Jordan v. Commonwealth

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Justia Opinion Summary

The Supreme Court affirmed the decision of the trial court denying Appellant’s petition to change his name.

Appellant, Brian Wendall Jordan, was serving a term of incarceration when he underwent a religious conversion. Appellant filed a petition to change his name to Abdul-Wakeel Mutawakkil Jordan, adding that he would not be hindered from the free exercise of his religion if not allowed to change his name. The circuit court found that Appellant’s application frustrated a legitimate law-enforcement purpose and, thus, the provisions of Va. Code 8.01-217(D) were not satisfied. Specifically, the court concluded that, due to the gravity and brutality of Defendant’s crimes, Defendant must retain his given name for the peace of mind of the victims and the victims’ families. The Supreme Court affirmed, holding that the basis articulated by the trial court for denying Appellant’s petition did not fall outside the scope of its broad discretion.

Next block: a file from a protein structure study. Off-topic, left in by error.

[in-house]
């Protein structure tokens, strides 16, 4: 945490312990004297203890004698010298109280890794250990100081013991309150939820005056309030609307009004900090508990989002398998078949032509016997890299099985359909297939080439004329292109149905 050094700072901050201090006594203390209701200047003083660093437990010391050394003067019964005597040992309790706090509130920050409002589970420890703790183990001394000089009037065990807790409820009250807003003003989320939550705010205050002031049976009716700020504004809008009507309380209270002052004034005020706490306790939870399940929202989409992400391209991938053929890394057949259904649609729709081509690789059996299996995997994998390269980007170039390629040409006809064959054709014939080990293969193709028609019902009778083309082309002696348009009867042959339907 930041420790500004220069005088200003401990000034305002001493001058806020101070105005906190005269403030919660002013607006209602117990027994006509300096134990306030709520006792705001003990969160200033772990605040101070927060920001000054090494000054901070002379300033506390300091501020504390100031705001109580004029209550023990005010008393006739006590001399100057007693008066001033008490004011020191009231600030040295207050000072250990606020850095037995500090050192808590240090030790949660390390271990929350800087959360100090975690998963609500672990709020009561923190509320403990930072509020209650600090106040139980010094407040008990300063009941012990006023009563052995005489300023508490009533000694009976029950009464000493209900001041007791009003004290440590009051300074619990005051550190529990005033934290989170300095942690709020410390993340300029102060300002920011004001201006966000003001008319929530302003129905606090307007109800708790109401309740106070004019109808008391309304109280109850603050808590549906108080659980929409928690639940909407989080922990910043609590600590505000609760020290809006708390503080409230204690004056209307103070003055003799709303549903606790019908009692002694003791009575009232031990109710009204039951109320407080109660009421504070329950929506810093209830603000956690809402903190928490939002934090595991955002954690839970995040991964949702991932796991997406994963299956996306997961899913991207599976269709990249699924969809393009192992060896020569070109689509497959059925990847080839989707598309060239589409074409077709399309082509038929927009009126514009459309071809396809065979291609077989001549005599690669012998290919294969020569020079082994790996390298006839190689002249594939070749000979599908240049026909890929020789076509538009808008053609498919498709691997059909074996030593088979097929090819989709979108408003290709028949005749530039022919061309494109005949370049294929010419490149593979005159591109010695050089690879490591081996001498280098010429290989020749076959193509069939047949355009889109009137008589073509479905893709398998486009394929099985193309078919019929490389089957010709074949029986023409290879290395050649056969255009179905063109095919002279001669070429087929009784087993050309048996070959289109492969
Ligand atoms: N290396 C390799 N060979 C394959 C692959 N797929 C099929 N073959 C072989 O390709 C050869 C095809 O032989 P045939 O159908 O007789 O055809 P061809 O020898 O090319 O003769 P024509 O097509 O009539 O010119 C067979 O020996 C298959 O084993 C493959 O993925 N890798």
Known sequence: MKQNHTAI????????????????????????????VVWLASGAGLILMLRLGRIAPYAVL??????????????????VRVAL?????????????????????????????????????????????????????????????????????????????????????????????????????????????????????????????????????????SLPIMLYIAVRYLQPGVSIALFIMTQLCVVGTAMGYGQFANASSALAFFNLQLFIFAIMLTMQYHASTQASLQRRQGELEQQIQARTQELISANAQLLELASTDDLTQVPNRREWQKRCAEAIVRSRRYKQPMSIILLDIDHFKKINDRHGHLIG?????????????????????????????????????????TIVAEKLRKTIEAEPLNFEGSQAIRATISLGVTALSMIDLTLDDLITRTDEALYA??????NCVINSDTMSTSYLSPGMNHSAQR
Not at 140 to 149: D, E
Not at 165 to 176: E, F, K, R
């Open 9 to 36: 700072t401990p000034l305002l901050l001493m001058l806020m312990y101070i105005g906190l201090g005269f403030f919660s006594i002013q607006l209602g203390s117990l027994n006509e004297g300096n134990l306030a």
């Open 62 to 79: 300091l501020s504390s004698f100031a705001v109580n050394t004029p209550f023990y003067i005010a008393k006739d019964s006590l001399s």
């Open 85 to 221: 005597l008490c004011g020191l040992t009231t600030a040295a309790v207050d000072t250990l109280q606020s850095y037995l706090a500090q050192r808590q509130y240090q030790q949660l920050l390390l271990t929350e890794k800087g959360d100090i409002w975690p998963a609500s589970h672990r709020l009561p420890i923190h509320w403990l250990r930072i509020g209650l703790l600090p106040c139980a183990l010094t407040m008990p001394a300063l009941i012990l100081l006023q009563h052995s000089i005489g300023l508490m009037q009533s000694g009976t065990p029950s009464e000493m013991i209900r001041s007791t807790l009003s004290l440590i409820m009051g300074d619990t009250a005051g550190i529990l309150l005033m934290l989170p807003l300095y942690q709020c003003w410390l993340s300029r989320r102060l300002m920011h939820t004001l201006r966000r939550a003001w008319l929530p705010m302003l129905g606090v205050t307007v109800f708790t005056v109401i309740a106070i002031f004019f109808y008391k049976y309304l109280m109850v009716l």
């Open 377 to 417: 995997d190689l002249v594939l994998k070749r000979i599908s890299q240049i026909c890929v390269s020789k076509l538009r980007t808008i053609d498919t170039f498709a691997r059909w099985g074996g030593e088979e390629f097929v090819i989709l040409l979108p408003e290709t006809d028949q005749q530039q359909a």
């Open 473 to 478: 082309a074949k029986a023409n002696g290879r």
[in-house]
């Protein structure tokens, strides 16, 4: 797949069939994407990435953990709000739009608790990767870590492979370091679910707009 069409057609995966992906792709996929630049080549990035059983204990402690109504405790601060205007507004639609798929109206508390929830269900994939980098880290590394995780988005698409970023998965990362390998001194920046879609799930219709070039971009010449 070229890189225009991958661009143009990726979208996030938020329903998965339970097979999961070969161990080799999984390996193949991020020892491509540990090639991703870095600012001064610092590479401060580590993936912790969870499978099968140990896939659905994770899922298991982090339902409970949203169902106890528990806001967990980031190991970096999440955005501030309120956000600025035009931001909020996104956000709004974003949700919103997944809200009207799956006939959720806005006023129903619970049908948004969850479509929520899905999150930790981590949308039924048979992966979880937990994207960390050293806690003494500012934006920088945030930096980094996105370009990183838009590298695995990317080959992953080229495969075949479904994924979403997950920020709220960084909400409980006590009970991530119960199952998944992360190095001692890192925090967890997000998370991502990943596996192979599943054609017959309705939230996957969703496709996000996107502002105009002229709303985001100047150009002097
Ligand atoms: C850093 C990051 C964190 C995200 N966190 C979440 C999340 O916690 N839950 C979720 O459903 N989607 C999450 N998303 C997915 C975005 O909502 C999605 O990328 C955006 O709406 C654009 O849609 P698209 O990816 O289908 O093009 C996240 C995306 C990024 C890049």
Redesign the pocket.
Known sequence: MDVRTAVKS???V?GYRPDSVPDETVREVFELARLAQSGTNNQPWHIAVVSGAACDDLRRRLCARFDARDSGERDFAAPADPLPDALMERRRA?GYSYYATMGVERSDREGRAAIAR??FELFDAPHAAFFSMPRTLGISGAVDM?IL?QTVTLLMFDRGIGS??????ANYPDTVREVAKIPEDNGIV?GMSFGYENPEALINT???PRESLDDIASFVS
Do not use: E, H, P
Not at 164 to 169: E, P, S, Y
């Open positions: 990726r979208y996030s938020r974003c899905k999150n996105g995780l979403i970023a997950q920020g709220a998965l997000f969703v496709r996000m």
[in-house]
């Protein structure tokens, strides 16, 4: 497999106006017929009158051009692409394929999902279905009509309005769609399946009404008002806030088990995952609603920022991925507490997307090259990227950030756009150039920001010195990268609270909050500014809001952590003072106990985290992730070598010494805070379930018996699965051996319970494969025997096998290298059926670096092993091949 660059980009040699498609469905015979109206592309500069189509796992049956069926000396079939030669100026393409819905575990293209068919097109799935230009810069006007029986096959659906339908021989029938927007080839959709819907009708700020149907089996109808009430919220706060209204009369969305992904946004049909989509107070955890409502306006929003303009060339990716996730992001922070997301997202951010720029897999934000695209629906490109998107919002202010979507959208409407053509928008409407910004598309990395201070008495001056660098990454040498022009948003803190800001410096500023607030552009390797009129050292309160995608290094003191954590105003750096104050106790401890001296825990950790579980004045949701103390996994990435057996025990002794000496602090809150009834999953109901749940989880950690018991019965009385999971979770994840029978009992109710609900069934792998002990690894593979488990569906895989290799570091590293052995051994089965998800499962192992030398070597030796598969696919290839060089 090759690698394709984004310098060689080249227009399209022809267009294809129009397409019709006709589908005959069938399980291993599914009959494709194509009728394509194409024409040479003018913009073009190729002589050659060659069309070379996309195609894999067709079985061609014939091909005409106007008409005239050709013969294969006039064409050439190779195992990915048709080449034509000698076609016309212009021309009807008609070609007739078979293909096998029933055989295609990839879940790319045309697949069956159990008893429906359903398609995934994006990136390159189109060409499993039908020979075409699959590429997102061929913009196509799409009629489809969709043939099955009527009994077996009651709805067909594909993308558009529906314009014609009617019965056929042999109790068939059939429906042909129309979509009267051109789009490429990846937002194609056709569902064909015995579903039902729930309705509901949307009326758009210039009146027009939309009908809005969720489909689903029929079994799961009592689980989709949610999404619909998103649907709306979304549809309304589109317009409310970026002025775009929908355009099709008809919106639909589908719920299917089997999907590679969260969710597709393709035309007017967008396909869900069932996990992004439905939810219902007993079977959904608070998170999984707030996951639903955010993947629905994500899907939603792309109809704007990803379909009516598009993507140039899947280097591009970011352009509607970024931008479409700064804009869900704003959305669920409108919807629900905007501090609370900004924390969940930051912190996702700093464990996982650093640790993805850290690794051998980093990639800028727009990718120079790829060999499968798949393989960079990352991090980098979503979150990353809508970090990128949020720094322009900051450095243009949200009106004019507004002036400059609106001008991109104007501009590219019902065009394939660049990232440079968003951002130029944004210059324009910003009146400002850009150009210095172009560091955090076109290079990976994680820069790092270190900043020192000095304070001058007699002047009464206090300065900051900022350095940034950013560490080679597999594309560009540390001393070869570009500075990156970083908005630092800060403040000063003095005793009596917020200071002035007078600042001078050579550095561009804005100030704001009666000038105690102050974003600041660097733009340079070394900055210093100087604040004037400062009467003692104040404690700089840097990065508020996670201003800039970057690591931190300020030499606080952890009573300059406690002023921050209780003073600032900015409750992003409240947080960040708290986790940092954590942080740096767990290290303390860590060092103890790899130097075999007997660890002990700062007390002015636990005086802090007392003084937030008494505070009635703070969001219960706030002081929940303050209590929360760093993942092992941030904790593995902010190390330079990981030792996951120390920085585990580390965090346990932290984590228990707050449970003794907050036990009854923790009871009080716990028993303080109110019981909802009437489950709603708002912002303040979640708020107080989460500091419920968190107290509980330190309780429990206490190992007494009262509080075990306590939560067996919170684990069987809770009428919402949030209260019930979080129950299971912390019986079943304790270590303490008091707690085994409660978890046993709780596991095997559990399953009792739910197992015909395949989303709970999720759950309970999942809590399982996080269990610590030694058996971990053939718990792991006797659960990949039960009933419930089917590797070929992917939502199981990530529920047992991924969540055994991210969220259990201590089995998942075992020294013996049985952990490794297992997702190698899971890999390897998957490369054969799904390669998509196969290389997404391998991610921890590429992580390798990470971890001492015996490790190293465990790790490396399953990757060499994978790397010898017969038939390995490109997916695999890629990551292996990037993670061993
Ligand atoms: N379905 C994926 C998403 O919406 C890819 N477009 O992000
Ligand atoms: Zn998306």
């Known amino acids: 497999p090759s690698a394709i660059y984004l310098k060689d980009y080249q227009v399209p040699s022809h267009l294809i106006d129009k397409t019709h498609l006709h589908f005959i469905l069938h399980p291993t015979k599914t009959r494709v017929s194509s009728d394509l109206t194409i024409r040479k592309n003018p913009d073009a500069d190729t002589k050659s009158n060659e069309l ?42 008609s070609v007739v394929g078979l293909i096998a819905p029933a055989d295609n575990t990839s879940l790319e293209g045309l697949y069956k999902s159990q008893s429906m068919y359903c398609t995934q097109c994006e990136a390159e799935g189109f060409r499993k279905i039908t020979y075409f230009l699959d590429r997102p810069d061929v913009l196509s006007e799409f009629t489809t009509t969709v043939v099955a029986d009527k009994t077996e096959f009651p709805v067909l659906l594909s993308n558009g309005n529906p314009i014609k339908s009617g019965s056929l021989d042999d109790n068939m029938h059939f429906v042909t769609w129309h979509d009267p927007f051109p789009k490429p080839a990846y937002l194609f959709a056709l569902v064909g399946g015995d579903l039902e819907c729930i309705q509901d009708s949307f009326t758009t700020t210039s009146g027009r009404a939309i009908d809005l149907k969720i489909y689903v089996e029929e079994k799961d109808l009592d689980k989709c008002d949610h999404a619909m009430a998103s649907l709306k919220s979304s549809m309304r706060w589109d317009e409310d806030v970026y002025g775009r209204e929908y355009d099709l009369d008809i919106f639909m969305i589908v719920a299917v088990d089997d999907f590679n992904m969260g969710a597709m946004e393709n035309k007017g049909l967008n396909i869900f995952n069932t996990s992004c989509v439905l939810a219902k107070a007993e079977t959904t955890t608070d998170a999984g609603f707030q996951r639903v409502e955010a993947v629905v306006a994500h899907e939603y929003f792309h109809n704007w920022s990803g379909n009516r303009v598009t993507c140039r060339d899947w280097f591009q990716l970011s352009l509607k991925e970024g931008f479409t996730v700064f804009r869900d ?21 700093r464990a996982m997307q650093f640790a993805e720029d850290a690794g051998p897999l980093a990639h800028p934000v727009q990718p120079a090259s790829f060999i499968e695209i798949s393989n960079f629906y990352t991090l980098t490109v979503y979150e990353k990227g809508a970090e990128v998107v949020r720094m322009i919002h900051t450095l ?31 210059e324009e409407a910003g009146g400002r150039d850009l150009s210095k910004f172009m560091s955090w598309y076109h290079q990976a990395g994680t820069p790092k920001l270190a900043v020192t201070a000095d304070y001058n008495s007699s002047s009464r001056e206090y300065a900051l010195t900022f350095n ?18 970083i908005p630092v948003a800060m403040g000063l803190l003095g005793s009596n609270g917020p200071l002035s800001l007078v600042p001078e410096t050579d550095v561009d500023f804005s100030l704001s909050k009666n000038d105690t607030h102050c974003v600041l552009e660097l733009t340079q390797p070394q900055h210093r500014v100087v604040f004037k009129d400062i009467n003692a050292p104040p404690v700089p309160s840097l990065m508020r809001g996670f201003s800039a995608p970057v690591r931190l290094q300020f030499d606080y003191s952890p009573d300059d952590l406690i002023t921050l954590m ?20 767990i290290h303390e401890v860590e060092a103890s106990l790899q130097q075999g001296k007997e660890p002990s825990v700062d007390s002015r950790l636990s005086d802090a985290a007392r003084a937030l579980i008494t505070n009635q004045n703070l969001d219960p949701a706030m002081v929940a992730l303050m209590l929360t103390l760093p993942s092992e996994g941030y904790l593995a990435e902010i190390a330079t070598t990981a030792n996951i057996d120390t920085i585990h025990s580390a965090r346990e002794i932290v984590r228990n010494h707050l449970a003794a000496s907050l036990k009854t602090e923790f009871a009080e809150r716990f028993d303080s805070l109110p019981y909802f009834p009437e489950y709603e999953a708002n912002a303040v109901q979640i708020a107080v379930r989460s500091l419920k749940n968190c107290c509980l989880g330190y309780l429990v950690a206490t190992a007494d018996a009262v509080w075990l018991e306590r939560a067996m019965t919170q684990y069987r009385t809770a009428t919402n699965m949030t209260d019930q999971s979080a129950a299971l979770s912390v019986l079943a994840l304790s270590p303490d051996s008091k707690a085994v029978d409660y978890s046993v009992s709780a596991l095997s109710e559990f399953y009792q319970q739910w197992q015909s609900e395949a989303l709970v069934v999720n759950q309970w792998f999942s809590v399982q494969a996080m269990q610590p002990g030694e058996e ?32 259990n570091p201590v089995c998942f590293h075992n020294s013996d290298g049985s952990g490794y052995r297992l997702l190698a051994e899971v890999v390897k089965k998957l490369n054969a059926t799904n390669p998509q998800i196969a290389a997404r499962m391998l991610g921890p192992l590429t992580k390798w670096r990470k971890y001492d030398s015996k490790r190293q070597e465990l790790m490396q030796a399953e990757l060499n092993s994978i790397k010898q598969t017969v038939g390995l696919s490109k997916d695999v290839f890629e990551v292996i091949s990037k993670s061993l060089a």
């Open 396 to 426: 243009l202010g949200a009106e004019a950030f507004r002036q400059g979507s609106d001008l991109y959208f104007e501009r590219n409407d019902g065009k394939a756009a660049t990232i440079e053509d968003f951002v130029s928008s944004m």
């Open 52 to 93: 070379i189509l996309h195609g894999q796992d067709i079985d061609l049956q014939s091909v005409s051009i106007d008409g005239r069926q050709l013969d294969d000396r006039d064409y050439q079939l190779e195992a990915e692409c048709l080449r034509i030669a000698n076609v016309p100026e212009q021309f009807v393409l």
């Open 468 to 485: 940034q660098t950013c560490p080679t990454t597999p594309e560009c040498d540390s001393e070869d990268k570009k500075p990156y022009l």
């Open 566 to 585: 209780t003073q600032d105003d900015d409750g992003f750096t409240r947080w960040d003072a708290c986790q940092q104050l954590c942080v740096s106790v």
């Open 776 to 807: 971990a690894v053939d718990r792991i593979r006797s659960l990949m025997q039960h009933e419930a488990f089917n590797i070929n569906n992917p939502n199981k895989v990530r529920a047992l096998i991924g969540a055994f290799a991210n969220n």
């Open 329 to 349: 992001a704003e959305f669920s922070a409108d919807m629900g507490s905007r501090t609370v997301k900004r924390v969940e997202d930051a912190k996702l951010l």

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PRESENT: Goodwyn, Mims, McClanahan, Powell, Kelsey, and McCullough, JJ., and Lacy, S.J. BRIAN WENDALL JORDAN v. Record No. 161527 OPINION BY JUSTICE STEPHEN R. McCULLOUGH February 22, 2018 COMMONWEALTH OF VIRGINIA FROM THE CIRCUIT COURT OF GRAYSON COUNTY H. Lee Harrell, Judge Brian Wendall Jordan, an inmate, filed a petition to change his name. The trial court denied his petition, and Jordan asks us to reverse this decision. For the reasons stated below, we affirm the trial court’s decision. BACKGROUND Brian Wendall Jordan was sentenced to a lengthy term of incarceration after he was convicted of several serious offenses: malicious wounding, robbery, first degree murder, aggravated malicious wounding, and burglary. A stipulation of facts indicates that, in one instance, he forced his way into the home of an elderly woman, choked her, and severely beat her while demanding her money. He also broke into the home of an elderly couple and badly beat them, again to obtain money. One of his victims died from the heavy blows Jordan inflicted upon him. After undergoing a religious conversion, he filed a petition in the circuit court to change his name to Abdul-Wakeel Mutawakkil Jordan. He added, however, that “he would not be hindered from the free exercise of his religion if not allowed to change his name.” The court found good cause to accept the petition, Code § 8.01-217(D), and ordered the Commonwealth to respond. The Commonwealth’s Attorneys for both Grayson County and the City of Chesapeake opposed the petition. ∗ The Commonwealth’s Attorney for the City of Chesapeake opposed the petition without elaboration. The Commonwealth’s Attorney for Grayson County argued that granting the name change was likely for a fraudulent purpose, would frustrate a legitimate law-enforcement purpose, and would infringe on the rights of others. At a hearing conducted by using a live two-way video connection, the petitioner testified and offered written exhibits. Following the hearing, the court found the name change was not sought for a fraudulent purpose, but observed that “[t]he prism through which the court views the request of Mr. Jordan is necessarily different because of his extraordinarily heinous convictions.” The court reasoned as follows. The punishment of crime is an elementary purpose of lawenforcement. There are four commonly accepted goals of criminal punishment: retribution, deterrence, rehabilitation and incapacitation. Changing the name of Mr. Jordan frustrates retribution, deterrence and incapacitation. He was convicted of these heinous crimes under the name Brian Wend[a]ll Jordan and his sentence, as rendered by the Circuit Court of the City of Norfolk, should be served and concluded under that name. Included in this consideration are the victims of his crime, who have the right and the security in the knowledge that he is serving his apportioned sentence under that name. Someone so dangerous should have his identity fixed, certain and intractable not only with the Department of Corrections but with all of society. There should never be even a hint of confusion as to who this person is. Mr. Jordan pointed out in his materials and argument that the Department is equipped to handle name changes. That the Department can handle an inmate’s name change does not of itself satisfy [Code] § 8.01-217(D). A function of his punishment is that he bear the convictions in the name they were ordered by the court, and that his victims and society have that assurance. ∗ The Commonwealth’s Attorney for the City of Chesapeake submitted a response on behalf of the City of Norfolk because the Norfolk Commonwealth’s Attorney was recused during the initial prosecution. 2 The court found that the petitioner’s application “frustrates a legitimate law-enforcement purpose” and thus the provisions of Code § 8.01-217(D) were not satisfied. Jordan filed this pro se appeal and we granted it. In accord with the highest traditions of our profession, counsel volunteered to represent him on a pro bono basis. ANALYSIS We review a circuit court’s denial of an application for a name change under an abuse of discretion standard. In re Brown, 289 Va. 343, 347, 770 S.E.2d 494, 496 (2015). The statute treats probationers, persons required to register on the sex offender registry, and inmates differently from other petitioners. For probationers, persons required to register on the sex offender registry, and inmates, [t]he court . . . may order a change of name if, after receiving and considering evidence concerning the circumstances regarding the requested change of name, the court determines that the change of name (i) would not frustrate a legitimate law-enforcement purpose, (ii) is not sought for a fraudulent purpose, and (iii) would not otherwise infringe upon the rights of others. Such order shall contain written findings stating the court’s basis for granting the order. Code § 8.01-217(D) (emphasis added). For all other applicants, the court, shall, unless the evidence shows that the change of name is sought for a fraudulent purpose or would otherwise infringe upon the rights of others or, in a case involving a minor, that the change of name is not in the best interest of the minor, order a change of name. Code § 8.01-217(C) (emphasis added). Under subsection (C) of this statute, the court “shall” order a name change unless certain circumstances are present. Code § 8.01-217(C). For inmates, probationers, and persons required to register as sex offenders, the statutory language affords far more discretion to the trial court. Code § 8.01-217(D). It provides that a court “may” grant the petition. Id. “[W]e must assume 3 that the General Assembly chose, with care, the words it used in enacting the statute, and we are bound by those words when we apply the statute.” Halifax Corp. v. First Union Nat’l Bank, 262 Va. 91, 100, 546 S.E.2d 696, 702 (2001). When the General Assembly employs a specific word in one section of a statute, and chooses a different term in another section of the statute, we must presume the difference in language was intentional. See, e.g., RGR, LLC v. Settle, 288 Va. 260, 295-96, 764 S.E.2d 8, 29 (2014) (“When the General Assembly uses two different terms in the same act, those terms are presumed to have distinct and different meanings.”) (quoting Industrial Dev. Auth. of the City of Roanoke v. Board of Supervisors, 263 Va. 349, 353, 559 S.E.2d 621, 623 (2002)). See also Brown v. Commonwealth, 284 Va. 538, 545, 733 S.E.2d 638, 641 (2012) (“When the General Assembly includes specific language in one statute, but omits that language from another statute, courts must presume that the exclusion of the language was intentional because under these circumstances, it is evident that the General Assembly knows how to include such language in a statute to achieve an intended objective; thus the omission of such language in another statute represents an unambiguous manifestation of a contrary intention.”) (alterations and internal quotation marks omitted) (quoting Halifax Corp. v. Wachovia Bank, 268 Va. 641, 654, 604 S.E.2d 403, 408 (2004)). For inmates, probationers, and persons required to register as sex offenders, a court must find as a threshold matter that the name change would not frustrate a legitimate law-enforcement purpose, is not sought for a fraudulent purpose, and would not otherwise infringe on the rights of others. Code § 8.01-217(D). If any one of those circumstances is present, the court must deny the petition. That, however, is only the beginning of the inquiry. Even when those circumstances are absent, the court is not required to grant the petition - it retains broad discretion to grant or to deny the petition. 4 The parties understandably focus our attention on the question of whether the petition was properly denied on the basis that it would frustrate a legitimate law-enforcement purpose. The petitioner offers a narrow definition and contends that his name change would not frustrate a law-enforcement purpose. For its part, the Commonwealth tenders a broader definition and submits that the petitioner’s name change was properly denied under such a definition. We need not define the term “legitimate law-enforcement purpose” under Code § 8.01-217(D) to resolve this case. Although the trial court cited this provision in its ruling, its reasoning is broader than the confines of that provision. We cannot say that the basis articulated by the trial court for denying the petition falls outside the scope of its broad discretion. The court could conclude that a person who would commit crimes of that gravity and brutality must retain his given name, for the peace of mind of the victims and the victims’ families and to avoid any possible future confusion about his identity. Although the petitioner faces a lengthy term of incarceration, and therefore will not soon return to the communities where he perpetrated his crimes, he is eligible for possible release upon reaching the age of sixty-five. See Code § 53.1-40.01. We, therefore, find no abuse of discretion under these circumstances. We also note, as we observed at the outset of this opinion, that the petitioner expressly stated that “he would not be hindered from the free exercise of his religion if not allowed to change his name.” This circumstance also contributes to our conclusion that the trial court committed no abuse of discretion. CONCLUSION We will affirm the judgment of the trial court. Affirmed. 5